Walk or Not: Should you go to your own Commencement?


Something is wrong when I hear more stories about graduates not bothering going to their commencement than those who do.

When did receiving recognition for an accomplishment go out of fashion? I’m the type of person that revels in accomplishments – both big and small. Seeing as I’m still working toward my degree, most of them up to this point in my life have been small. I know this because I hold on to all them – including a beleaguered bowling pin in my closet bearing my name and an old date in Sharpie for having the highest score on the last day of a youth bowling camp. I also keep an old shoebox under my bed with cheap plastic soccer trophies I won as a 7-year-old just to remind myself that I’m a winner. Same with old birthday cards from relatives that reaffirm I’m unique. It may just be the packrat in me, or it may be the fact that I like to hold on to good memories.

If you YouTube commencement speeches, you’ll get a bunch of ones from Harvard and Dartmouth where some famous person who didn’t go to that college offers up their recipe for success. Here in Alaska, we can’t attract top-talent to be our commencement speaker, but whose to say we want to? The closer to home our speaker is, the more clout they should have with us. Struggling out of bed in the cold and dark at 9 a.m. is one of the many signature experiences every college student in Alaska has the pleasure of enduring. A commencement speech given by a fellow Seawolf will undoubtedly strike at least one chord with you … unless you just transferred up last semester from Hawaii.

At this point, you’re probably thinking of a counterargument to my stance like my colleague Mr. Burns. Excuses like, “it costs too much money, Nolin!” or “it’s just for my family” just won’t cut it. What is an extra $50 to buy a cap and gown when you just unloaded $40,000 on your education? If you have siblings who graduated, chances are their gown is tucked away in some closet waiting to see the daylight on at least one more occasion. So what if Mom and Aunt Martha make a big deal out of this stuff… Even if you could care less, “walk” out of your love for them. After all, if it wasn’t for family support, not many of us would even be graduating college in the first place. Remember the care packages, the Thanksgiving trips home, all the love shown over the last four years. This is your opportunity to do something nice in return for them. It means a lot more than we even realize.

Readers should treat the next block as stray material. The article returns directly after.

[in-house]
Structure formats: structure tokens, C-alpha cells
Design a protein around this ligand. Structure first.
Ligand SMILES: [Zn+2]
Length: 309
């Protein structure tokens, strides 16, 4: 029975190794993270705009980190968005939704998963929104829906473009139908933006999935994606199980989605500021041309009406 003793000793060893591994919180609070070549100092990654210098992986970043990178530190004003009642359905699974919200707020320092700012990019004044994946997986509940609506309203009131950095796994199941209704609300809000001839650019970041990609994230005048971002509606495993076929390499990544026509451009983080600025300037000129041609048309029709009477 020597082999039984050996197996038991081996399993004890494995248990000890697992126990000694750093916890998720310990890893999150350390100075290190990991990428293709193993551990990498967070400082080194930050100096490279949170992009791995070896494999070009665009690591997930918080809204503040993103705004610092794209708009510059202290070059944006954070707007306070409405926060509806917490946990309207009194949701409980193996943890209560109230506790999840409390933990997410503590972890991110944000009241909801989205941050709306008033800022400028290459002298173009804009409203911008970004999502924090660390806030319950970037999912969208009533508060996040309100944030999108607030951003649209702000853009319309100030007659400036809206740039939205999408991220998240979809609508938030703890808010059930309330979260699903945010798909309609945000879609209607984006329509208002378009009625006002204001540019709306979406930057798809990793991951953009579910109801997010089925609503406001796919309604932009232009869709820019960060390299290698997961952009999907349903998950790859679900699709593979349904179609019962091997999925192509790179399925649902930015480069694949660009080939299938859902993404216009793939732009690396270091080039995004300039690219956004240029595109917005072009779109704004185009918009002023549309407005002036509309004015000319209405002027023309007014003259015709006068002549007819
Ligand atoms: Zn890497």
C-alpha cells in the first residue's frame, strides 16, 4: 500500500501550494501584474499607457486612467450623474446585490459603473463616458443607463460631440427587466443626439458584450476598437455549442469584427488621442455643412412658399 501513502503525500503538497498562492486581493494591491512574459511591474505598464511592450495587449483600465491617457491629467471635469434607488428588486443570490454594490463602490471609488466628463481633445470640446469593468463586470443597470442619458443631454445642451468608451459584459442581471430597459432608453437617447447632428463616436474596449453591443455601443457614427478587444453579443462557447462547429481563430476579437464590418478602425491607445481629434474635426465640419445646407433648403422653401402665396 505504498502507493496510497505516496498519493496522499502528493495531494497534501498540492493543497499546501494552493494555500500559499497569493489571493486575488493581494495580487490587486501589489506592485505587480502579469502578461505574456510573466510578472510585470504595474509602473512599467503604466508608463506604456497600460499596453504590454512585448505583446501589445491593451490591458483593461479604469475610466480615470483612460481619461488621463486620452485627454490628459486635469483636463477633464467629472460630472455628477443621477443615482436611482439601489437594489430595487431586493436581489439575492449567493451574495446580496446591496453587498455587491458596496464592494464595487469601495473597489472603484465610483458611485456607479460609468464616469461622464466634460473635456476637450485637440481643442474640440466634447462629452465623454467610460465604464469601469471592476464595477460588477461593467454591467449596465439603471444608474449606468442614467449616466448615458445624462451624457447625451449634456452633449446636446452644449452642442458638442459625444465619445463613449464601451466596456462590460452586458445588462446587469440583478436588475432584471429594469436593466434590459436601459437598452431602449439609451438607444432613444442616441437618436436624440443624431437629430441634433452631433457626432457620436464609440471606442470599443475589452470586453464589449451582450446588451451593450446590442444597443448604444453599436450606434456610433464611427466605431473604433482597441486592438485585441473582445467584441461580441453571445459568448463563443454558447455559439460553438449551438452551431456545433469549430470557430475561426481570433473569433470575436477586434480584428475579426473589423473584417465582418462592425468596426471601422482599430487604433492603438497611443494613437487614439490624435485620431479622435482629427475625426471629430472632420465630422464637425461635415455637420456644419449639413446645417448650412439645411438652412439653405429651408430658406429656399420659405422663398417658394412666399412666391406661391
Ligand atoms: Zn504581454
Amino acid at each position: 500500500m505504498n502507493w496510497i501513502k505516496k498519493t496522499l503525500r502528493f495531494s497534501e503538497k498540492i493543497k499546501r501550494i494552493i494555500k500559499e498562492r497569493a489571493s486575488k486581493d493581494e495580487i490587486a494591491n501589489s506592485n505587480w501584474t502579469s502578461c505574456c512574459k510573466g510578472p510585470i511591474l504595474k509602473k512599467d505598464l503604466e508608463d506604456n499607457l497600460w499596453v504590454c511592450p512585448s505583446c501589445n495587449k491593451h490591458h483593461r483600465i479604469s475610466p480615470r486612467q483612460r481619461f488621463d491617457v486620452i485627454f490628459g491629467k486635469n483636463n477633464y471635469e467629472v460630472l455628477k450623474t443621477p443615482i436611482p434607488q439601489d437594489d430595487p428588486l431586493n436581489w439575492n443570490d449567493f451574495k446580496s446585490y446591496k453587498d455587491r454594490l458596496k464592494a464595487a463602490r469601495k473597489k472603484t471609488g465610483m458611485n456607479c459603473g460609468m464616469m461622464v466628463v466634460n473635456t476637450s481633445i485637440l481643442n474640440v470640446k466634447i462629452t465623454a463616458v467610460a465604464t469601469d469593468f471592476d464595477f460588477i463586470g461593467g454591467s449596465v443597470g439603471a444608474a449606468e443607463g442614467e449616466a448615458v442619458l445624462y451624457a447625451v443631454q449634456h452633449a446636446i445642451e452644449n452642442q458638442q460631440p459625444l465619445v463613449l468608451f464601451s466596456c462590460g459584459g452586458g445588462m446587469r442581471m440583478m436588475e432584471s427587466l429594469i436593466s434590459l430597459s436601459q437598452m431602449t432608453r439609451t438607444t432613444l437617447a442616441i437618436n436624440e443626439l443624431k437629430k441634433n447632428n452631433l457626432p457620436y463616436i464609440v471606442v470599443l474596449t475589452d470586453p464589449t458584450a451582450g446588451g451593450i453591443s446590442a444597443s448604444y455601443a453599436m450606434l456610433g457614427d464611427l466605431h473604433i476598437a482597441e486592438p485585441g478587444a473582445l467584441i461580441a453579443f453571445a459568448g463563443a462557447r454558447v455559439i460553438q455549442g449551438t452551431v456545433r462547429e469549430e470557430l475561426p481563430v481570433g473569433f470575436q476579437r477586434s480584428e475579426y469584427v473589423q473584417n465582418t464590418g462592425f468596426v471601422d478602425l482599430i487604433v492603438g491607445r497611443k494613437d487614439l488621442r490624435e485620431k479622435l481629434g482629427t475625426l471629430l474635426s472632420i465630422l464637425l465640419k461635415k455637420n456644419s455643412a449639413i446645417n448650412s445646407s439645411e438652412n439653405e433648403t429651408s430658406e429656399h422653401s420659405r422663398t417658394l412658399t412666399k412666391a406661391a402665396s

Who knows? It could even be the time of your life! When else will confetti rain down over you a la an Alaskan snow storm but without the cold and wind in your face?

See you there.

congratulations from UPD to UAA graduates
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“Why aren’t you going to walk for commencement?” It’s a question that every student who doesn’t walk at commencement gets asked incessantly by people who aren’t the person graduating. There are other reasons not to walk other than being harassed by busybodies, and if you choose to save yourself two hours of grief, you shouldn’t have to defend your choices.

Graduating students get sorted alphabetically into their seats and get to sit through a two hour ceremony before their thirty seconds of fame. The commencement ceremony is always a dry affair, students get showered in generalities by a variety of university bigwigs they haven’t met, telling you how proud they are of you for contributing to the graduation rate and their sincere hope that you live productive lives, full of happiness and regular contributions to the alumni organization.

You get to hear the commencement speakers give a series of interchangeable speeches. You will hear “what an honor it is to speak to you,” about how you should “follow your dreams,” and “always keep learning” while “passing it forward” as you “question everything” because “the future is in your hands.” If you miss this part of the ceremony, I recommend looking at the motivational pictures on your aunt’s Facebook wall or opening a bunch of fortune cookies for an equivalent education in trite, vaguely-applicable life advice.

Last, and possibly least comes your 30 seconds of excitement, you have your name read, you get to walk to the stage, get a handshake, and a piece of paper while the whole stadium cheers for you. Well, cheers is a strong word, everyone else isn’t here to see you graduate, they are there to see their loved ones walk, and happen to be polite enough to clap while they wait to hear a name they recognize.

You will miss a chance to spend your Sunday, waiting around for hours with people you don’t know, having spent $50 on robes you can never wear outside of Halloween, all for 30 seconds. It’s like waiting in line at midnight for the newest Harry Potter book, but instead of getting to enter a magical world of friendship and adventure, you get a receipt confirming your purchase of a college education a week earlier than you would have gotten otherwise.

What about the memories? College makes, according to the vast majority of people who have gone, some of their fondest memories. Won’t you miss out on that by skipping commencement? You might remember playing video games until six in the morning, the time you crammed a semester’s worth of studying for missed classes, or completing a 20 page paper, or your first love and first loss. You’ll fondly recall friends, relationships, and experiences. You won’t ever fondly look back on sitting through commencement. If someone thinks that commencement is important, ask them how often they think of it. Ask them the name of who sat next to them, what their commencement speaker said, and which faculty members handed them their diploma. The answers will be telling.

Regardless of what you choose, remember that YOU choose. You didn’t spend the past 4 years becoming an adult, to not be able to decide for yourself.